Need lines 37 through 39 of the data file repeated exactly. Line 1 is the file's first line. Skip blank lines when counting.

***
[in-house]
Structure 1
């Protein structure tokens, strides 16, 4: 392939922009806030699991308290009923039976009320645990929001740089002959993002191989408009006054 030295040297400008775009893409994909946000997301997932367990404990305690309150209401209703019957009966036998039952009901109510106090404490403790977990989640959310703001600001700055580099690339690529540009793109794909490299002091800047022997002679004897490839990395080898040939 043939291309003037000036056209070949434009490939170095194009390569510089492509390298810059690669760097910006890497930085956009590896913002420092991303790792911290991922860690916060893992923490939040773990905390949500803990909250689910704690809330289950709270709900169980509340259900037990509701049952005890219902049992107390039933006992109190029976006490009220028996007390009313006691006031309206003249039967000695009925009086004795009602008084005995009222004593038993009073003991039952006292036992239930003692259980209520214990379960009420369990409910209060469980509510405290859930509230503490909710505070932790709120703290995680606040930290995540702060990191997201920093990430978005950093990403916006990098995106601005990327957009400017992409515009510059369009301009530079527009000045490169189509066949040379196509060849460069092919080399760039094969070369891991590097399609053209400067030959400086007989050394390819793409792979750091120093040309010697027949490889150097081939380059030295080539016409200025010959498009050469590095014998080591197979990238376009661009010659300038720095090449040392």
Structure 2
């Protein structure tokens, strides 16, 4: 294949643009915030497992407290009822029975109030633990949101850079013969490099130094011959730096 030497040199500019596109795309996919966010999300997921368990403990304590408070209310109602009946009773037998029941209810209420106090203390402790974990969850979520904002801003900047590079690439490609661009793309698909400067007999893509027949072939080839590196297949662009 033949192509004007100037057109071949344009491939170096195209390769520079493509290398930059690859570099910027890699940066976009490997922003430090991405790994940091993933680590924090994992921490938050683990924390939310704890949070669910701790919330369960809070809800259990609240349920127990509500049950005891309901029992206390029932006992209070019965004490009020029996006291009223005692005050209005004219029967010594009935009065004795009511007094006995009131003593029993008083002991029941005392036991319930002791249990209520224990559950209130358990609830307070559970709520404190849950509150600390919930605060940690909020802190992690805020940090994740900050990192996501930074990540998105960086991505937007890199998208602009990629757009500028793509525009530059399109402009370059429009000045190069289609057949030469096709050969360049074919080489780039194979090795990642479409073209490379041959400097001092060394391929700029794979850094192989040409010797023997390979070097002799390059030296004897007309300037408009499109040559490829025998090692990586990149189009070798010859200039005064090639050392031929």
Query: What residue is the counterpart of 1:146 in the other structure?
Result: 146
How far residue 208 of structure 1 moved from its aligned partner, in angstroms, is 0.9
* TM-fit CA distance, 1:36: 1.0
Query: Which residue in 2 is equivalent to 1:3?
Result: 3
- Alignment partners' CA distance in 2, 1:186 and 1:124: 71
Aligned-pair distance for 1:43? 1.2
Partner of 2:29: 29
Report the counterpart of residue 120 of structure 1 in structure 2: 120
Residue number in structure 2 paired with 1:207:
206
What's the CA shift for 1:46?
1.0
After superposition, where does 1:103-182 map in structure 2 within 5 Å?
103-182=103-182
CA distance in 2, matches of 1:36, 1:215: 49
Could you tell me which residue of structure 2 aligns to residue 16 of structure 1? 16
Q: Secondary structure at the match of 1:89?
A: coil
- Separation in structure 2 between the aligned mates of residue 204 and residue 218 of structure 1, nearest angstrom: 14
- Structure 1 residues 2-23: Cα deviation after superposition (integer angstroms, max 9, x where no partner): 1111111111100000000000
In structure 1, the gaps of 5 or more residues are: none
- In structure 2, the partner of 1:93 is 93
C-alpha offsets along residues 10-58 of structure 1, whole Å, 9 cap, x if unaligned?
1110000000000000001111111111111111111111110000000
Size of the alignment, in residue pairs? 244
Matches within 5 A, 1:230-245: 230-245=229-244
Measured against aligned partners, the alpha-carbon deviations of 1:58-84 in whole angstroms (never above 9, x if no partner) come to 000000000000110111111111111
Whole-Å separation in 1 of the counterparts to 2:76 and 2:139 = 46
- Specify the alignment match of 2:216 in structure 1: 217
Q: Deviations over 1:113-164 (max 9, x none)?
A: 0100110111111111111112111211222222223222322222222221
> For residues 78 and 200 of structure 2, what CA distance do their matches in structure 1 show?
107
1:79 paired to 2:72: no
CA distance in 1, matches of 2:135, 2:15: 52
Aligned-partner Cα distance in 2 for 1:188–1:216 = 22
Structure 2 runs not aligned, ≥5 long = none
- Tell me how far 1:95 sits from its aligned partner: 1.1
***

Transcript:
Q: Deviations over 1:113-164 (max 9, x none)?
A: 0100110111111111111112111211222222223222322222222221
> For residues 78 and 200 of structure 2, what CA distance do their matches in structure 1 show?